As for Air Methods, 10 On Your Side went looking for answers at their airport hanger near West Point.
The pilot and crew referred us to corporate headquarters in Colorado. Repeated calls to that office finally led a statement from Air Methods Director of Communications Doug Flanders, who emailed a lengthy statement. Here is the statement summarized:
"We deliver ... emergency, lifesaving care to anyone who needs it ... we are first responders ... Air Methods does not self-dispatch ... we go when called ... we don't have patients' insurance status at time of call ... around-the-clock readiness averages nearly $3 million per year for each air base maintained by emergency air medical providers."
"That's a pretty penny," said Virginia State Senator Jeremy McPike (D) Dale City, who happens to be a fire captain in the Dale City Volunteer Fire Department.
He introduced Senate Bill 663: "Air Medical Transportation; informed decision" law which takes effect March 1.
Senator McPike says, "We need to say, here's the carrier, here's what they are offering you, you can go by helicopter or by ground ... in a non-emergency situation, let's slow it down. Let's make sure our patients have options. $52,000 that's a life savings that will put somebody in bankruptcy. We have to inform patients."
This bill requires each hospital to establish a protocol requiring that, before a health care provider arranges for air medical transportation services for non-emergency medical conditions, that options for the patient be communicated to the patient and or the family.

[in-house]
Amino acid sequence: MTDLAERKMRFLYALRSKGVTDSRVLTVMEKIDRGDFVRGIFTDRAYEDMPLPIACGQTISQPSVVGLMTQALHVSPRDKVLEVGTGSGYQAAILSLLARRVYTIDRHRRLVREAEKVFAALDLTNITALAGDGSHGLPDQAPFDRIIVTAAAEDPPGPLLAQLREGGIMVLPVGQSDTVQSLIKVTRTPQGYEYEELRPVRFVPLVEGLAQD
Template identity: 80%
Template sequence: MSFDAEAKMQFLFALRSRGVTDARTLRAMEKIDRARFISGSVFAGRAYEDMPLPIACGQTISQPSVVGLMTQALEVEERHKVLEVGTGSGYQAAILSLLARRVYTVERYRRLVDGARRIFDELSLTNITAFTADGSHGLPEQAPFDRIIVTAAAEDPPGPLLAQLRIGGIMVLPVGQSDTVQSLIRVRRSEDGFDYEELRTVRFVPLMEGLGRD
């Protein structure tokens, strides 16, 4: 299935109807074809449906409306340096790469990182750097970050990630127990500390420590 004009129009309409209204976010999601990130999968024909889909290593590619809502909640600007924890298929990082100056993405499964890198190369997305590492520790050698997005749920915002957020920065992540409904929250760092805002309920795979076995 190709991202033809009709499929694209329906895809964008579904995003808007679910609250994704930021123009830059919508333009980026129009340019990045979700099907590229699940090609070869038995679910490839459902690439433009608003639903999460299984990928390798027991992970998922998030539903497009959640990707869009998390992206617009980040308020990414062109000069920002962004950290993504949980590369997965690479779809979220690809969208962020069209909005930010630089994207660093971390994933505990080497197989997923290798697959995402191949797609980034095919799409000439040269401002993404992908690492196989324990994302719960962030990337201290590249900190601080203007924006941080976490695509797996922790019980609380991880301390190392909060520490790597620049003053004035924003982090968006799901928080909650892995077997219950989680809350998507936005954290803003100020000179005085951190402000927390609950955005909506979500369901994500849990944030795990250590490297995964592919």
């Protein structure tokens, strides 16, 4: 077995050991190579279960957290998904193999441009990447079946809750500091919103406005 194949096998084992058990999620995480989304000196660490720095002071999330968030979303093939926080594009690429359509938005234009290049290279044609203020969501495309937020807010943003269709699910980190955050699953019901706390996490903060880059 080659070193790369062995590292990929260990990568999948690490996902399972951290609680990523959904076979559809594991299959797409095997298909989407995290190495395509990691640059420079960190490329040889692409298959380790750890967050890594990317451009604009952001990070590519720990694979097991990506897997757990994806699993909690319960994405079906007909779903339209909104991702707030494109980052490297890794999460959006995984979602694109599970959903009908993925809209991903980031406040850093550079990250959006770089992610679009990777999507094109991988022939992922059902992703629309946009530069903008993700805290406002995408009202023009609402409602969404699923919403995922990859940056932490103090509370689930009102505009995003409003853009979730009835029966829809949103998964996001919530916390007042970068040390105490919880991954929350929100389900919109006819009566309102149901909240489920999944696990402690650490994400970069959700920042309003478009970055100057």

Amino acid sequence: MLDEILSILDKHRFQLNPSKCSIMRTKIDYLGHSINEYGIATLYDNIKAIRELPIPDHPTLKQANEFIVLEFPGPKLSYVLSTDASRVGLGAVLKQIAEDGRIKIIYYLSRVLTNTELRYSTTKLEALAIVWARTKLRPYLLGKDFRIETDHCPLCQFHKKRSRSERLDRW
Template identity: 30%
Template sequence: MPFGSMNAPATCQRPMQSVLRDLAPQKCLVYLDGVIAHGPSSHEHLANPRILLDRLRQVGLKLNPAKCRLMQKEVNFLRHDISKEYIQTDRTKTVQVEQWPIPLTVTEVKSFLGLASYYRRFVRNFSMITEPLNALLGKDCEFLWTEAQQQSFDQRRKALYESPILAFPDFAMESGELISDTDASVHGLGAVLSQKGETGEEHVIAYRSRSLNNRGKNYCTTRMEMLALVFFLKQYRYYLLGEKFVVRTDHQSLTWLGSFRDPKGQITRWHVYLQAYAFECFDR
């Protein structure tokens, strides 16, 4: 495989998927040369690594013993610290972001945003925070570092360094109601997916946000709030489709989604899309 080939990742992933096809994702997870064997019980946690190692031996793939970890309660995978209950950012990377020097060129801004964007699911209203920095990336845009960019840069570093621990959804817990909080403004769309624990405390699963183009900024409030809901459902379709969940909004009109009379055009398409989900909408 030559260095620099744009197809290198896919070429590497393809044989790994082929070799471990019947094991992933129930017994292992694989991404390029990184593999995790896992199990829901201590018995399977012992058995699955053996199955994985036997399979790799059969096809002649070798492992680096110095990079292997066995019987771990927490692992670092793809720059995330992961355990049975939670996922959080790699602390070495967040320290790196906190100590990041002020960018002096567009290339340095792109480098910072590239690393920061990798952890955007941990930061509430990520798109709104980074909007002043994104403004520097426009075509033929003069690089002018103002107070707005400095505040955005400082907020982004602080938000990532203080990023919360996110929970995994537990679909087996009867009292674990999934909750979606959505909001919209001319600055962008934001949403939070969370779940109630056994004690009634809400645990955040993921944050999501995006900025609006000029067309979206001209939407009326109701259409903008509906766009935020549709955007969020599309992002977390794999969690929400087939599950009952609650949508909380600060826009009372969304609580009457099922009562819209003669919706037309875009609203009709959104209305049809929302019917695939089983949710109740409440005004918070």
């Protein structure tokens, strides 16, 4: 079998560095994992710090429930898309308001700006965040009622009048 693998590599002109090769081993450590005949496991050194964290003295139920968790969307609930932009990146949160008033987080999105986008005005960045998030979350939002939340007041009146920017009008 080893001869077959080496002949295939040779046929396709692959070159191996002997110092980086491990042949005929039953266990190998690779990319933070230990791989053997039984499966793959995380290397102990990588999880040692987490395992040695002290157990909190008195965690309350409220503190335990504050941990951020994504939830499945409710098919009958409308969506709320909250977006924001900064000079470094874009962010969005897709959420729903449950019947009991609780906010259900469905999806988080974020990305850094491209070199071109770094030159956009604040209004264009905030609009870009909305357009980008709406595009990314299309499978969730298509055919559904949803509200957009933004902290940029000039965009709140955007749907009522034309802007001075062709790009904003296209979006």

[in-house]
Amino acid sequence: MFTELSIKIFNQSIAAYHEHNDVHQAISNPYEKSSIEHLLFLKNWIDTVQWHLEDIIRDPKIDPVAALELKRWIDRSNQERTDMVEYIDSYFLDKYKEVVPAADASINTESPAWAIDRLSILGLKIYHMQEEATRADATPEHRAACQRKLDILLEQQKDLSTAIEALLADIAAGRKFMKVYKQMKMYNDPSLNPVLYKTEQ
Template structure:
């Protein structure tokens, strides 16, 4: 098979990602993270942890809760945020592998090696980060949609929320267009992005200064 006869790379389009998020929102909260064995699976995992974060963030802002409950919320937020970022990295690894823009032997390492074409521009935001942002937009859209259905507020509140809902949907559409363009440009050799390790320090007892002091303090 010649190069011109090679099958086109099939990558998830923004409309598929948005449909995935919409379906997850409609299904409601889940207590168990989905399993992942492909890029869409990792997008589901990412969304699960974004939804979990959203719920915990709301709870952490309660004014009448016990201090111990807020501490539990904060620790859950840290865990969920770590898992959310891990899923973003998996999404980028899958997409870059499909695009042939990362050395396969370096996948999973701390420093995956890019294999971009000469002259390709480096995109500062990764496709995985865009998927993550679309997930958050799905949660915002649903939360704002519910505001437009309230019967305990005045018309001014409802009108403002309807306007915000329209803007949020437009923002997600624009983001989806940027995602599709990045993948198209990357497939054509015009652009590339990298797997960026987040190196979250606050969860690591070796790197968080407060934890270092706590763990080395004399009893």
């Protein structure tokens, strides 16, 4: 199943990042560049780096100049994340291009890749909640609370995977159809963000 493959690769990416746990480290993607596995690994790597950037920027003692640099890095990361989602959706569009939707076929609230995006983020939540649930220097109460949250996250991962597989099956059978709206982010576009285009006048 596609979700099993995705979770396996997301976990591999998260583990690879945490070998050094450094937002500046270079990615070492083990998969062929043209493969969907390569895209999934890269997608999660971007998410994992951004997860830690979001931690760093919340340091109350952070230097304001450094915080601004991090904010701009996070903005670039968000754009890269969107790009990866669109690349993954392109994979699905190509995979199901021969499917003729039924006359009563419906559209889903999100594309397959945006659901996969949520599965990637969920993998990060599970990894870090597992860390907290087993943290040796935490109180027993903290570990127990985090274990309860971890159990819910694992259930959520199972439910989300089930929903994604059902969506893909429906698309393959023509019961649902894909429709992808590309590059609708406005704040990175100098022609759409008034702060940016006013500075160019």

But the Hanes had an emergency situation and they think they should have been given the options too.
"If it would have been approached to me, I would have asked what are the pros and cons?," Ralph said. "What could happen and what could not happen?"
Obviously if it is an emergency of life and death and there is no time to talk about options other than the option to immediately get the patient to a trauma center right now, then you have to take the helicopter.
The Hanes argue although Mary Beth was in a serious condition, she was not near death, even after being asleep for three days and then being in a hospital five weeks. She had also been at the Riverside facility overnight before the helicopter was called.
Senator McPike adds, "That's the point. Let's have some transparency about the pricing before literally you get on the ride, and you're taken for a ride when it comes to the pricing, and that's not right."